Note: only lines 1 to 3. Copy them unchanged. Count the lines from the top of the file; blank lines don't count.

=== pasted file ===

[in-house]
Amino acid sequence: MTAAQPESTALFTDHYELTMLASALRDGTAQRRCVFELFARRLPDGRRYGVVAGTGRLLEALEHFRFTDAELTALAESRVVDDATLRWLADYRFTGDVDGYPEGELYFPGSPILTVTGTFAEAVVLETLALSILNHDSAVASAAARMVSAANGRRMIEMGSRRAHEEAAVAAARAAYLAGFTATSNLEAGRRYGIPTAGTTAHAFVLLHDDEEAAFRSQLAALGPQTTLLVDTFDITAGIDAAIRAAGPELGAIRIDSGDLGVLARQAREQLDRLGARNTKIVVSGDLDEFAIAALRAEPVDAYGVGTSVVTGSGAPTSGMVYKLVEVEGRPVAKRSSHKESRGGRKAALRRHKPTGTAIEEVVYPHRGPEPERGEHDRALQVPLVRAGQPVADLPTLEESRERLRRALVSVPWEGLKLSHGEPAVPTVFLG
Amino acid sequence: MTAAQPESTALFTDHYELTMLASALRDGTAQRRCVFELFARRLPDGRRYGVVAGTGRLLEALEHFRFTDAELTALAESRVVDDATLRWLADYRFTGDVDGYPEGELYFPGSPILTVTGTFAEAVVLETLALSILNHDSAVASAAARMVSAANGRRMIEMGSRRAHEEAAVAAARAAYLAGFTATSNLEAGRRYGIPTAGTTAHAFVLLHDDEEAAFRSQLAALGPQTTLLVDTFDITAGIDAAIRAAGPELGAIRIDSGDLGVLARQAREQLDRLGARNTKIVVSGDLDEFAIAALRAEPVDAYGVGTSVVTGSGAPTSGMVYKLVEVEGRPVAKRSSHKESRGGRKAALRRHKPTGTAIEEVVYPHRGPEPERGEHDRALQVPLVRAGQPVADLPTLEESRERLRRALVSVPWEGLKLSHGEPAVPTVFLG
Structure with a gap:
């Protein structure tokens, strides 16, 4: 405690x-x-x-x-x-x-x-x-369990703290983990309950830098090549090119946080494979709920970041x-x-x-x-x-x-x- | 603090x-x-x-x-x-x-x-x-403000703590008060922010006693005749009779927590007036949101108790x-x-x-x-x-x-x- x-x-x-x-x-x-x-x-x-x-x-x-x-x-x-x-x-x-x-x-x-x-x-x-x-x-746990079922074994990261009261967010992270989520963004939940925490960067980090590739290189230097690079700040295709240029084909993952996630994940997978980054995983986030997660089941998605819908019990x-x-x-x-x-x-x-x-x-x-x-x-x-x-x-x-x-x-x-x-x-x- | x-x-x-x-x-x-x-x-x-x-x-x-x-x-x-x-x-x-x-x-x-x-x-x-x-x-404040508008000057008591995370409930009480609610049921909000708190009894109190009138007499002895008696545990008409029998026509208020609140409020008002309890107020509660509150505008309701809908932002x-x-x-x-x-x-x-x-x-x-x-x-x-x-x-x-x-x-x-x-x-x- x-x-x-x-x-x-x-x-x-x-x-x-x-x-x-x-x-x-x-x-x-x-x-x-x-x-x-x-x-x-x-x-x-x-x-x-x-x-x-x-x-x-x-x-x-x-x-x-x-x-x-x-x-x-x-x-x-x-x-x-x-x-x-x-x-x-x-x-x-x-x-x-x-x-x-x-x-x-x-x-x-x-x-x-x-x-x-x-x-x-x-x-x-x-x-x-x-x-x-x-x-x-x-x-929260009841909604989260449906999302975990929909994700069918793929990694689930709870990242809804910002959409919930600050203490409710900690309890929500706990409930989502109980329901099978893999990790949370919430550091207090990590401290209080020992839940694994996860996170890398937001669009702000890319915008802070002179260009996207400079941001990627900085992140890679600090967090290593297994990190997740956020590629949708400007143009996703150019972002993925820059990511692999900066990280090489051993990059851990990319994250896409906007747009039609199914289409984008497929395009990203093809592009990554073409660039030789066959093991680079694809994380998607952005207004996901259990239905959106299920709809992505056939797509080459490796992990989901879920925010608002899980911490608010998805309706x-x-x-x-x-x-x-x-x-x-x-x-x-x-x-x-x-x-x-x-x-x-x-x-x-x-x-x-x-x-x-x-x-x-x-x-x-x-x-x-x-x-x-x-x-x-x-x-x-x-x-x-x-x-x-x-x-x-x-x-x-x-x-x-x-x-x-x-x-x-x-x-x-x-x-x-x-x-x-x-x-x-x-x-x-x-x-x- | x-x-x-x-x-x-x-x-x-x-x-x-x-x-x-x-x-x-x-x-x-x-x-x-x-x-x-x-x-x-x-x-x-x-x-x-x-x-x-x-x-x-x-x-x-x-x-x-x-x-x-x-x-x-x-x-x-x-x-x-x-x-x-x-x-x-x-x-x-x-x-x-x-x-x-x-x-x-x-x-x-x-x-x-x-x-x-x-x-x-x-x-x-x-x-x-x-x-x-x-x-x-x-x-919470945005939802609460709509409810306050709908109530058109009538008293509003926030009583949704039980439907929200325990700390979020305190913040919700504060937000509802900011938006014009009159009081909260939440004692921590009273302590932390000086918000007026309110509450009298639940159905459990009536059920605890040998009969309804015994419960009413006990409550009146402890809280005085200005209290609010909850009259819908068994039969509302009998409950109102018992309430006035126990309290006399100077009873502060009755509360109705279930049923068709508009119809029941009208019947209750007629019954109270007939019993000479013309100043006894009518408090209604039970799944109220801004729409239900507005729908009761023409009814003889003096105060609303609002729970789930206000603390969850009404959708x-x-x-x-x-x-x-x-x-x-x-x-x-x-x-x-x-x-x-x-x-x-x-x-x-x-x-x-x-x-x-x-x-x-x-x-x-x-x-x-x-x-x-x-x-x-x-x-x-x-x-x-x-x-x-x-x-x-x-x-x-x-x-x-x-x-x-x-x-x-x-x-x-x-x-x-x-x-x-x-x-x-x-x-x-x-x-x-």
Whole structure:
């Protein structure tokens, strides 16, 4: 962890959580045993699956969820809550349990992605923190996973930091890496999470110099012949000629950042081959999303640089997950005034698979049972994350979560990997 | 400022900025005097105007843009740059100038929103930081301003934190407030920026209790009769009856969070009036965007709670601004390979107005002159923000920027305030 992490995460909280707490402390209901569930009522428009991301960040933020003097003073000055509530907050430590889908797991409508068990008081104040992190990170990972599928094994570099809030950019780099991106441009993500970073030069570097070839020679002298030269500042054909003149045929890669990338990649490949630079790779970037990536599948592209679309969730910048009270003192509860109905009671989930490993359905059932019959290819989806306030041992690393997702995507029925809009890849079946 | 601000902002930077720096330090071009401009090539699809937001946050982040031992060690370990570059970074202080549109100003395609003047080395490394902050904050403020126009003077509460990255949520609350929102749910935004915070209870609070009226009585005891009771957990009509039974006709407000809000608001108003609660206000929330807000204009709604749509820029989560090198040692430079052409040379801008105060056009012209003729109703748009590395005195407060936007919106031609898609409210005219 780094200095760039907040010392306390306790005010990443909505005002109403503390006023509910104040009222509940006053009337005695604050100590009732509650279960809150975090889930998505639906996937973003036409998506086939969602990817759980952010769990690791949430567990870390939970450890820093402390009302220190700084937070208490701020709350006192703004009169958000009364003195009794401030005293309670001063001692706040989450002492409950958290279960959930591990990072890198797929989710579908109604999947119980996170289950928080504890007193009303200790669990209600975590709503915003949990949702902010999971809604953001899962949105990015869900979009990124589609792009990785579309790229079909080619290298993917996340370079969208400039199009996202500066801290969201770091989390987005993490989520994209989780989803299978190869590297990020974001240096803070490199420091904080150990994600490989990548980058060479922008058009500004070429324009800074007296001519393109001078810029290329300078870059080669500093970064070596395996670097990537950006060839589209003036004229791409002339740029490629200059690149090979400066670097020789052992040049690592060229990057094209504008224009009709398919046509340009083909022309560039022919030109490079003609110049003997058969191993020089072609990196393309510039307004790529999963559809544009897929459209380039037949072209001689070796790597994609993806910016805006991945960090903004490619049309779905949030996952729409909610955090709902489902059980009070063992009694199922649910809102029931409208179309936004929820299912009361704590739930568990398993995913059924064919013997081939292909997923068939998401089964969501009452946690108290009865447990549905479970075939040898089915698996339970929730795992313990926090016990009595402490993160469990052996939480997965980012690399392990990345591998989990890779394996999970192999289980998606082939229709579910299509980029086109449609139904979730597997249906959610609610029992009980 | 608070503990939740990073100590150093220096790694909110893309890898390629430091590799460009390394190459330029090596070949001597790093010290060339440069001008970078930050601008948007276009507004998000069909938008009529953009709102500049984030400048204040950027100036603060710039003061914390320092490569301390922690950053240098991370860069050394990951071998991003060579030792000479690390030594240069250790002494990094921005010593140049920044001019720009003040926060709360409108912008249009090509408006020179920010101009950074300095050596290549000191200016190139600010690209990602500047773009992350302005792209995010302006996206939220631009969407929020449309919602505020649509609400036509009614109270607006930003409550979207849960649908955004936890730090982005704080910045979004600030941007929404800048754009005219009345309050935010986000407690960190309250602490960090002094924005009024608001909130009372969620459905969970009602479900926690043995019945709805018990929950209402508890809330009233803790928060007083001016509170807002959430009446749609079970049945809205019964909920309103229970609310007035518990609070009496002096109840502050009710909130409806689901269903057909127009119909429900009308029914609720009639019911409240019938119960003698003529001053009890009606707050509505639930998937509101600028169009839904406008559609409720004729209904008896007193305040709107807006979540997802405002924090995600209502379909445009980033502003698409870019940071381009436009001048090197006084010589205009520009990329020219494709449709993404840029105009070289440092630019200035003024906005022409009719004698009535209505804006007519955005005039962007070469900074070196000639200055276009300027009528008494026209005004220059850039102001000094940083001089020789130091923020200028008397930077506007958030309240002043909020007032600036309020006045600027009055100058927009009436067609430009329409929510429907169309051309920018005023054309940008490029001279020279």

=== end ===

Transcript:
[in-house]
Amino acid sequence: MTAAQPESTALFTDHYELTMLASALRDGTAQRRCVFELFARRLPDGRRYGVVAGTGRLLEALEHFRFTDAELTALAESRVVDDATLRWLADYRFTGDVDGYPEGELYFPGSPILTVTGTFAEAVVLETLALSILNHDSAVASAAARMVSAANGRRMIEMGSRRAHEEAAVAAARAAYLAGFTATSNLEAGRRYGIPTAGTTAHAFVLLHDDEEAAFRSQLAALGPQTTLLVDTFDITAGIDAAIRAAGPELGAIRIDSGDLGVLARQAREQLDRLGARNTKIVVSGDLDEFAIAALRAEPVDAYGVGTSVVTGSGAPTSGMVYKLVEVEGRPVAKRSSHKESRGGRKAALRRHKPTGTAIEEVVYPHRGPEPERGEHDRALQVPLVRAGQPVADLPTLEESRERLRRALVSVPWEGLKLSHGEPAVPTVFLG
Amino acid sequence: MTAAQPESTALFTDHYELTMLASALRDGTAQRRCVFELFARRLPDGRRYGVVAGTGRLLEALEHFRFTDAELTALAESRVVDDATLRWLADYRFTGDVDGYPEGELYFPGSPILTVTGTFAEAVVLETLALSILNHDSAVASAAARMVSAANGRRMIEMGSRRAHEEAAVAAARAAYLAGFTATSNLEAGRRYGIPTAGTTAHAFVLLHDDEEAAFRSQLAALGPQTTLLVDTFDITAGIDAAIRAAGPELGAIRIDSGDLGVLARQAREQLDRLGARNTKIVVSGDLDEFAIAALRAEPVDAYGVGTSVVTGSGAPTSGMVYKLVEVEGRPVAKRSSHKESRGGRKAALRRHKPTGTAIEEVVYPHRGPEPERGEHDRALQVPLVRAGQPVADLPTLEESRERLRRALVSVPWEGLKLSHGEPAVPTVFLG